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Defining Global Environmental Governance

Defined most simply, global environmental governance consists of efforts by the international community to manage and solve shared environmental problems.1)

Background and context

Since the 1970s, there have been increasing concerns about environmental problems of global significance such as declining biodiversity, diminishing forests, disappearing wetlands, expanding deserts, and climate changes. These concerns have been addressed by nation states at a number of global meetings including the United Nations Conference on the Human Environment (better known as the Stockholm Conference) in 1972, which resulted in the creation of the United Nations Environmental Program (UNEP); the 1992 Rio Earth Summit; the 2002 World Summit for Sustainable Development in Johannesburg; the COP15 in Copenhagen in 2009; the RIO+20 Conference in 2012; and COP21 in Paris in 2015. Each of these meetings has spurred more preparatory meetings sponsored by different interest groups and resulted in a growing number of Multilateral Environmental Agreements (MEAs). Examples are: the Vienna convention for the Protection of the Ozone Layer (1985); The UN Convention to Combat Desertification (1994); the Kyoto Protocol (1997) and the Paris Agreement (2016) on climate changes; and the Basel Convention on the Movement of Hazardous Wastes and Their Disposal (2001/2004). Each agreement is supported by a structure of formal and informal advisory committees, secretariats, programs, and commissions.2)

Although international and supranational government organizations and MEAs arguably dominate contemporary global environmental governance, states themselves are still important actors in environmental governance. Other types of actors such as the epistemic community, NGOs, and private business companies increasingly take part in global environmental governance, and new partnerships and modes of governance have emerged. International governmental organizations outside the environmental arena such as the World Bank and WTO often address environmental issues and/or have significant impacts on the options for other actors to address these issues. Global environmental governance has thus come to comprise a complex body of agreements, actors, and governance mechanisms, and huge amounts of money have been invested in problem solving over recent decades. In spite of all these efforts, global environmental problems persevere.

Some scholars see the complexity and fragmentation of the global environmental regime as one of the major constraints for overcoming current environmental problems. They argue that inadequate use of resources contributes to program inefficiencies, and tend to criticize NGOs, companies, and academic scholars for forwarding their own sometimes contradictory reform agendas. These scholars often seek to outline an optimal institutional form and function for the GEG system and recommend improved coordination of and collaboration between global actors and regimes as a way forward, for instance by strengthening the role of UNEP.3) Other scholars are more concerned with how polycentric and multi-level governance systems, “bottom-up” initiatives, and transnational and network governance can contribute to solving environmental problems.4) Yet others address the North-South divide that has often been considered a major constraint in global negotiations about the climate and the environment, or how to strengthen the leadership of USA, China, or the EU in negotiations about the environment.5)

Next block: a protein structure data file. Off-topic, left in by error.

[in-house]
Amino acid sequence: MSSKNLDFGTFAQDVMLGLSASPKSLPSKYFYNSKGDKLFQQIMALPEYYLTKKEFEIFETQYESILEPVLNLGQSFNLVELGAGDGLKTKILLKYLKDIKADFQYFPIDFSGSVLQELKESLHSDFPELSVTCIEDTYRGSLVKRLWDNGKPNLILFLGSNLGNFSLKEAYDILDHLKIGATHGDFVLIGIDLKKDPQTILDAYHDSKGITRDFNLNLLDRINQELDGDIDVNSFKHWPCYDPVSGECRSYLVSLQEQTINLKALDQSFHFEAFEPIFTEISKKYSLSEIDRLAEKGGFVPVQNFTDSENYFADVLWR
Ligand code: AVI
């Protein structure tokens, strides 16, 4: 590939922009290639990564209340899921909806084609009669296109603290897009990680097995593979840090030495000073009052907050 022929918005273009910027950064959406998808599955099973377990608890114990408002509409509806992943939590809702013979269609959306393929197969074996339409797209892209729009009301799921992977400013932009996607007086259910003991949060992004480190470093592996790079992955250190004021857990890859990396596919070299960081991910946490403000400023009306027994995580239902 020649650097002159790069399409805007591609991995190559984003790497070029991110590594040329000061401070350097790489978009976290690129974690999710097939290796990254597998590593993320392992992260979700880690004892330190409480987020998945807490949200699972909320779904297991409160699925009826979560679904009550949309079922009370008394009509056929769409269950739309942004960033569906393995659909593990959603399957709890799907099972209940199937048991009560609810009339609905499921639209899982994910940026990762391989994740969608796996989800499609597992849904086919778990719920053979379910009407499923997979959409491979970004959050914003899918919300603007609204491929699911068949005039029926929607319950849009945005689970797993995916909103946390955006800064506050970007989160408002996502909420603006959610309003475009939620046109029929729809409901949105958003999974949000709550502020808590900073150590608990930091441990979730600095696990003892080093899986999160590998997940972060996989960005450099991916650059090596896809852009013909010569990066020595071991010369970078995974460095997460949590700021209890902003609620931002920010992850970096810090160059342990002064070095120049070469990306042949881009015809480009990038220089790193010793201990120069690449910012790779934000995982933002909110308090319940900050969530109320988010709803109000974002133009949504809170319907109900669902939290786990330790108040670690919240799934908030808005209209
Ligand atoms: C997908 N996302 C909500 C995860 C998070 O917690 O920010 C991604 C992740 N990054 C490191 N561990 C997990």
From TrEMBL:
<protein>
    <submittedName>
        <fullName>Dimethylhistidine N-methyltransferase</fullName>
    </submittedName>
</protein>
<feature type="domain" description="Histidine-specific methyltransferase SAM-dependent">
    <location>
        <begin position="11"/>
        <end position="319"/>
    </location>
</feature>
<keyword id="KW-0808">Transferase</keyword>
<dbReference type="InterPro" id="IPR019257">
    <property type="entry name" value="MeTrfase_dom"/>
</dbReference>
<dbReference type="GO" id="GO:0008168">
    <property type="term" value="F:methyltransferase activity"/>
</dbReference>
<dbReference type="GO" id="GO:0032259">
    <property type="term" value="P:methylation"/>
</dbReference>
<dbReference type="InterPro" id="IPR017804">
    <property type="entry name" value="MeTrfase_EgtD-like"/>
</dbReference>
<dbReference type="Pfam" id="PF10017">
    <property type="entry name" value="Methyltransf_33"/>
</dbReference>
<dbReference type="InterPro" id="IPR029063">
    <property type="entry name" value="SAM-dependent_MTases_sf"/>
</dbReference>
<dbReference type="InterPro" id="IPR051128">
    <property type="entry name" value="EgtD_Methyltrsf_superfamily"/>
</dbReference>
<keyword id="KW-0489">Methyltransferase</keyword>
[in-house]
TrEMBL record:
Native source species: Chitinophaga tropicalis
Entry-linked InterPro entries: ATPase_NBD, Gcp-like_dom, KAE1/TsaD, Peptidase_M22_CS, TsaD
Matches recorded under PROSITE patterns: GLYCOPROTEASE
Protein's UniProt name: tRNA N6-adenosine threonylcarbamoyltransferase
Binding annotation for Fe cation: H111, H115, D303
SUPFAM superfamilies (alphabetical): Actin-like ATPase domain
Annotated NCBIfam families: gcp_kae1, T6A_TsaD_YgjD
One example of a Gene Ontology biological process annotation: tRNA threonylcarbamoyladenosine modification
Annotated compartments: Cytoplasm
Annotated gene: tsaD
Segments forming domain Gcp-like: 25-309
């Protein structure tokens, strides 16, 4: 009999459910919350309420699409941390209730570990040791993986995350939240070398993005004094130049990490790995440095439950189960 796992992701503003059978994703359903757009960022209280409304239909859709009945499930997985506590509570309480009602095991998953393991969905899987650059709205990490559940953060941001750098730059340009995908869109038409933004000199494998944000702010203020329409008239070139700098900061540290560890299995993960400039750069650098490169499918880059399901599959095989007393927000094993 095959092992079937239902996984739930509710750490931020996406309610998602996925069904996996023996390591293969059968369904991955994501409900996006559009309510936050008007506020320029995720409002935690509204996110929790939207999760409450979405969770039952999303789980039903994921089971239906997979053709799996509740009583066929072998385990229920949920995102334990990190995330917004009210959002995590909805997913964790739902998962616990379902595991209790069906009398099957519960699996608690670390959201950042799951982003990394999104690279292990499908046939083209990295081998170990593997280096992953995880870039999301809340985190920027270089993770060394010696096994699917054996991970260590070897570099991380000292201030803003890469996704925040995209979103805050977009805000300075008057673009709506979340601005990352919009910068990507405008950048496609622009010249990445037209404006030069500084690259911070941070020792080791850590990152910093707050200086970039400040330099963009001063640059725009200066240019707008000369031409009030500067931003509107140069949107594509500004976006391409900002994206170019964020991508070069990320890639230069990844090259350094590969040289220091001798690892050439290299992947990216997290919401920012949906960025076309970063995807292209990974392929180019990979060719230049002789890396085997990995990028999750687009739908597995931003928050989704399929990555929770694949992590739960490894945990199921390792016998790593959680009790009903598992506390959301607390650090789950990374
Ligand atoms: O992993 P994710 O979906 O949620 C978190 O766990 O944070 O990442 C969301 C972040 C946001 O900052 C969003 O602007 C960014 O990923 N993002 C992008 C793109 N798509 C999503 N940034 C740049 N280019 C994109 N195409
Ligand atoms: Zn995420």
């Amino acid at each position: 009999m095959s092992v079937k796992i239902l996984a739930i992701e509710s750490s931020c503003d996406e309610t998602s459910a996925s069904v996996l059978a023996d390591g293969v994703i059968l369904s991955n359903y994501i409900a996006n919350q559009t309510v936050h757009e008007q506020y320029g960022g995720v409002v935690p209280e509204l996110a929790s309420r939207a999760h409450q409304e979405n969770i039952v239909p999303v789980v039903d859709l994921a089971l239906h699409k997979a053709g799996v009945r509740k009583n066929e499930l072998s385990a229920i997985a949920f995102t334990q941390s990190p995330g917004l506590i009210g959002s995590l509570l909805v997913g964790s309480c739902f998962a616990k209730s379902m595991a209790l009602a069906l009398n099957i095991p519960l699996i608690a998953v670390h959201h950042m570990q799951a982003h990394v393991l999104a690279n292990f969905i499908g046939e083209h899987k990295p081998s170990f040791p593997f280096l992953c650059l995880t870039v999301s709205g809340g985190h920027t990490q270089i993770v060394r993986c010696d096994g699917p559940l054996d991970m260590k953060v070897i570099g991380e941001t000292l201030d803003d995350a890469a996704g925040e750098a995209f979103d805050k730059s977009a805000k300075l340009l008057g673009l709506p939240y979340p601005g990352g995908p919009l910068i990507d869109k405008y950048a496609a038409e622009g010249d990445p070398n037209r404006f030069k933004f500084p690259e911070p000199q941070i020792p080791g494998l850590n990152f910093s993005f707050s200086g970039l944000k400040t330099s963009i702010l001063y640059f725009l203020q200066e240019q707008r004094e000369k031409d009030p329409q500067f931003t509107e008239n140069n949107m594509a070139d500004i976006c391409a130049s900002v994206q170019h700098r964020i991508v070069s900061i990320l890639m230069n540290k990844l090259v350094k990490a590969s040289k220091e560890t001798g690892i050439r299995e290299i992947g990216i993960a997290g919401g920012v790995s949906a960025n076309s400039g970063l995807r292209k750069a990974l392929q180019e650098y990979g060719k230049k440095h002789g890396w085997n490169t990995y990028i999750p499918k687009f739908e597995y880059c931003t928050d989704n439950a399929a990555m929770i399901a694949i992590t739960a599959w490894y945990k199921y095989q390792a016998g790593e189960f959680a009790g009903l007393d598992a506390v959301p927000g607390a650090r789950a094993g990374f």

The study field

Solving global environmental problems entails enormous challenges. The problems and solutions are complex, social consequences differ within the context of local populations, and decisions are being made in a highly fragmented and politicized institutional environment. Despite the increasing number of actors being involved in global environmental governance and the huge amount of money invested, environmental degradation and endangerment persevere.

GEG is concerned with questions such as what is the nature of the global environmental problems we must deal with; what (more specifically) constitutes global environmental governance; what factors account for the rise of global environmental problems and concerns; what explains the shape, emergence and effectiveness of governance institutions and arrangements; what are the different modes and sites of global environmental governance; what is the role of science and technology versus politics; and what factors determine how we perceive of environmental problems and their solutions.

References

1) O'Neill, K., 2009. The Environment and International Relations, First ed. Cambridge University Press, New York

2) For a data base of MEAs and related information, see: http://iea.uoregon.edu/page.php?file=home.htm&query=static

3) Najam, Adil; M. Papa, N. Taiyab. 2006. Global Environmental governance, a reform agenda. IISD. Chapter 1. A primer on the GEG Reform Debate (pp 9-27) http://www.iisd.org/pdf/2006/geg.pdf

Maria Ivanova: “UNEP in Global Environmental Governance: Design, Leadership, Location,” Global Environmental Politics, 2010, Vol. 8, Issue 1, pp.30-55.

4) Ostrom, E., 2010. Polycentric systems for coping with collective action and global environmental change. Global Environmental Change 20, 550-557

Parks, B. C. & Roberts, J. T. 2008. Inequality and the global climate regime: breaking the North-South impasse. Cambridge Review of International Affairs, 21, 621-648

Bertil Kilian and Ole Elgström 2010. Still a green leader? The European Union's role in international climate negotiations, Cooperation and Conflict 45